Will Marijuana be the future of Medicine?


If you’ve been to any smoke shop, vitamin store or mall lately, chances are you’ve come across CBD oil. 

Often packaged in old-fashioned, red-tinted medicine bottles reminiscent of 19th Century medicine, CBD oil comes in many different brand names and with different claims. 

CBD, or “cannibidiol” oil, is a non-psychoactive cannabinoid. Cannabinoids are chemical compounds extracted from, found in, or made within marijuana.

Recently, cannabinoids have received a lot of criticism due to the advent of K2 and Spice. 

However as new cannabinoids are being tested daily, these substances are not reflective of the potential surrounding these chemicals.

In fact, cannabinoids have yielded plentiful pharmaceutical value. In a study conducted by The Hebrew University of Jerusalem, it was found that cannabinoids have therapeutic value to “numerous diseases, such as anorexia, emesis, pain, inflammation, multiple sclerosis, neurodegenerative disorders (Parkinson’s disease, Huntington’s disease, Tourette’s syndrome and Alzheimer’s disease), epilepsy, glaucoma, osteoporosis, schizophrenia, cardiovascular disorders, cancer, obesity and metabolic syndrome-related disorders.”

Often, CBD gets a bad wrap for being associated with marijuana. Many people either assume taking CBD is just another way to get high. However, the big difference between CBD and marijuana is THC or “tetrahydrocannabinol.” 

THC is the chemical compound responsible for the psychoactive effects associated with marijuana. 

When marijuana is smoked, THC enters the bloodstream through the lungs and quickly makes its way toward the brain. Once THC enters the brain, it binds to brain receptors responsible for controlling time perception, memory, coordination, pleasure, thinking, concentration and movement. Because THC is so similar to another naturally occuring chemical compound known as anandamide, the brain confuses THC for this chemical and thus sends this chemical throughout the nervous system, making you high. 

The big difference beween CBD and marijuana is that CBD does not contain THC. Because of this, CBD offers a completely different set of non-psychoactive effects than marijuana.

In regards to the potential for both dependence and abuse of CBD, studies done by The World Health Organization concluded that “no tolerance to CBD at any of the dosages was observed. No studies of the physical dependence potential of CBD in animals were identified.” 

These studies also showed that “CBD did not change the threshold frequency required for intracranial self-stimulation (ICSS). However, high-dose (10 mg/kg and 20 mg/kg) CBD resulted in an elevation of the threshold suggestive of diminished reward activity.” 

Further, research has showed that CBD can actually help with seizures. A study conducted by the New York University Langone Comprehensive Epilepsy Center concluded that out of 120 children and young adults suffering from Dravet syndrome, the median number of monthly convulsive seizures reduced from 12.4 to 5.9 with the use of CBD. In fact, as of June 25th, 2018. The The U.S. Food and Drug Administration approved a new CBD based oral solution known as “Epidiolex.” This new medicine will help in the treatment of Dravet syndrome, Lennox-Gastaut syndrome and epilepsy. This is the FDA’s first approved drug that contains a substance derived from marijuana.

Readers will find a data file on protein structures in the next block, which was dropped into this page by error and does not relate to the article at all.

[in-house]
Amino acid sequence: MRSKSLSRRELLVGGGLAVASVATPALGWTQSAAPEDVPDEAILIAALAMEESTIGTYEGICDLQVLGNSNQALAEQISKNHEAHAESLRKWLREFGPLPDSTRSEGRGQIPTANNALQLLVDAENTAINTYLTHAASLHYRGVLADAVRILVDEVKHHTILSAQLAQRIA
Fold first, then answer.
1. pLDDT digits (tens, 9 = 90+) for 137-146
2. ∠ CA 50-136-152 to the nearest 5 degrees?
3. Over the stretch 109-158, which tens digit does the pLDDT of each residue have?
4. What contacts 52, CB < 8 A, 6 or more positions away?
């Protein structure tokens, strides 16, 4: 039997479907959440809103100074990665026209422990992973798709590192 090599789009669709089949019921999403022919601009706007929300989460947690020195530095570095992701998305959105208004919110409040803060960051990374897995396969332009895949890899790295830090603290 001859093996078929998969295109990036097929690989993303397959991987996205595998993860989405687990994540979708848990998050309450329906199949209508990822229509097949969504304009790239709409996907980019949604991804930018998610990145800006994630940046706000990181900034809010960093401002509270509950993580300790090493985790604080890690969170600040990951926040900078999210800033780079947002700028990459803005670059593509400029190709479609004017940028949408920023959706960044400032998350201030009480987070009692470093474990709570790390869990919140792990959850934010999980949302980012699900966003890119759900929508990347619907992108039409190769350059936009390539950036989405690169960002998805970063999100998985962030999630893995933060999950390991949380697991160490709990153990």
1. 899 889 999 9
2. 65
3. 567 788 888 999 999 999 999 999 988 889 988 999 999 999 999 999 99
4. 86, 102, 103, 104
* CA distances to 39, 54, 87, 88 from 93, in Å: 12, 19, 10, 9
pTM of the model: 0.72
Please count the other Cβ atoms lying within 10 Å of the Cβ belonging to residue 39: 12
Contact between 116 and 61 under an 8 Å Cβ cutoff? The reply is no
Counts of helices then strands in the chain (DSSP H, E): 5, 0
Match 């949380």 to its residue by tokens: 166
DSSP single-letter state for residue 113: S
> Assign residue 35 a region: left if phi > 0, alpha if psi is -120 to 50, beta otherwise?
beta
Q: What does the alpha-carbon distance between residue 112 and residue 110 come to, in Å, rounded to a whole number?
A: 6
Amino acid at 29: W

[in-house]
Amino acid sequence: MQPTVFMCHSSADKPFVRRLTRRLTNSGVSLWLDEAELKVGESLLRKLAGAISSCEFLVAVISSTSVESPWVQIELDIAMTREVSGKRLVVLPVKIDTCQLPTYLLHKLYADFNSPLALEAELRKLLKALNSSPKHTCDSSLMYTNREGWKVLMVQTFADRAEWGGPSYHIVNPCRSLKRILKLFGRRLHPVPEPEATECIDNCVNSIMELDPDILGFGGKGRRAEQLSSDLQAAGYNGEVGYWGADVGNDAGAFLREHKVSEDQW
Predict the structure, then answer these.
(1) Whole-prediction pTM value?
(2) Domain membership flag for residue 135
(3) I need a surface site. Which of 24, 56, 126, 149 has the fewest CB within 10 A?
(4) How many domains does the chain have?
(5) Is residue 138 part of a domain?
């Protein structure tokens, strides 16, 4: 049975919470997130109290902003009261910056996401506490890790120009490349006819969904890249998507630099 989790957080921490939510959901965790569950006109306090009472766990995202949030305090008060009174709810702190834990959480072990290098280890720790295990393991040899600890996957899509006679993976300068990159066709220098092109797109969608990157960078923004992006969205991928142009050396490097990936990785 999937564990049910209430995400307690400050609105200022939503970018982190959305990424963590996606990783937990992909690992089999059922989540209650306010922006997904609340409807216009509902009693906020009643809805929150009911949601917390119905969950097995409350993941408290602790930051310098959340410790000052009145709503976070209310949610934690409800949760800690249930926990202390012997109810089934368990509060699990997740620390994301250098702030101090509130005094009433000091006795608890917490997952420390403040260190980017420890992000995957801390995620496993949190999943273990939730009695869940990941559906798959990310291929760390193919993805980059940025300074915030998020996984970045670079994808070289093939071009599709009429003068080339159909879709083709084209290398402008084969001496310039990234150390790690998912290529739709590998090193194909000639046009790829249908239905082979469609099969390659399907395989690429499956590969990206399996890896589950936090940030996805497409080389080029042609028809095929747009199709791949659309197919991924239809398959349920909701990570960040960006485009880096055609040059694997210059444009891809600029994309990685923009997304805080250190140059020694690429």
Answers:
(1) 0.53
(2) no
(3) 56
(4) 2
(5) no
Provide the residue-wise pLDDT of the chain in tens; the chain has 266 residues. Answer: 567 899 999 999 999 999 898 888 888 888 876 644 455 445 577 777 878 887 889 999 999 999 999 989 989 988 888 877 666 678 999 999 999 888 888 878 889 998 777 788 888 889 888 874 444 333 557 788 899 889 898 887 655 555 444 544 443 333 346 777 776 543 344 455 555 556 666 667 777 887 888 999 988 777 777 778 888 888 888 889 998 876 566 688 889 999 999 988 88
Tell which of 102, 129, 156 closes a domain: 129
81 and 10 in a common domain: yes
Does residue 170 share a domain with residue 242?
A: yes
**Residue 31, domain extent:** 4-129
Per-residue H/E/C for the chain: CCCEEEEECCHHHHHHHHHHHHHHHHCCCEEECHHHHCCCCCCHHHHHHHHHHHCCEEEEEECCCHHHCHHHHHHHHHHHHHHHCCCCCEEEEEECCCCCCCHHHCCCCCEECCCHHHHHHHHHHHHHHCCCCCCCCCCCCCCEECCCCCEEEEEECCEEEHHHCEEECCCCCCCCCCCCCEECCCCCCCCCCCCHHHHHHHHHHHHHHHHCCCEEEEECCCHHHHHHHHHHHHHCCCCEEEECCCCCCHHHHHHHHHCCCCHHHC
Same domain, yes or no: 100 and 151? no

CBD has also been shown to help with other health issues such as cancer. For example, the Department of Biochemistry of Northwest University in South Africa concluded that “both CBD and Cannabis sativa extracts were shown to prevent cell growth and induce cell death in cervical cancer lines.”

Studies have also shown that CBD oil also can help with more common issues such as sleep. The National Center for PTSD-Dissemination and Training Division of the VA Palo Alto Health Care System claims that “CBD may have therapeutic potential for the treatment of insomnia” and that “CBD may hold promise for REM sleep behavior disorder and excessive daytime sleepiness.” 

Further, it is hypothesized that other cannabinoids such as nabilone and dronabinol “may gave short-term benefit for sleep apnea due to their modulatory effects on serotonin-mediated apneas” and that “nabilone may

reduce nightmares associated with PTSD and may improve sleep among patients with chronic pain.” 

As new research comes out, it seems apparent that CBD, and other like cannabinoids offer great use to the future of medicine. As of now, CBD oil is available in many places around Tucson.

 While plenty of research has gone into the benefits of CBD oil, the long-term effects of CBD oil are still unclear; and due to new laws being passed, it’s unclear whether future research into both CBD and marijuana will have any further obstacles. 

This is why research into these substances is important. Because only then can we remove any stigma that arises out of misinformation.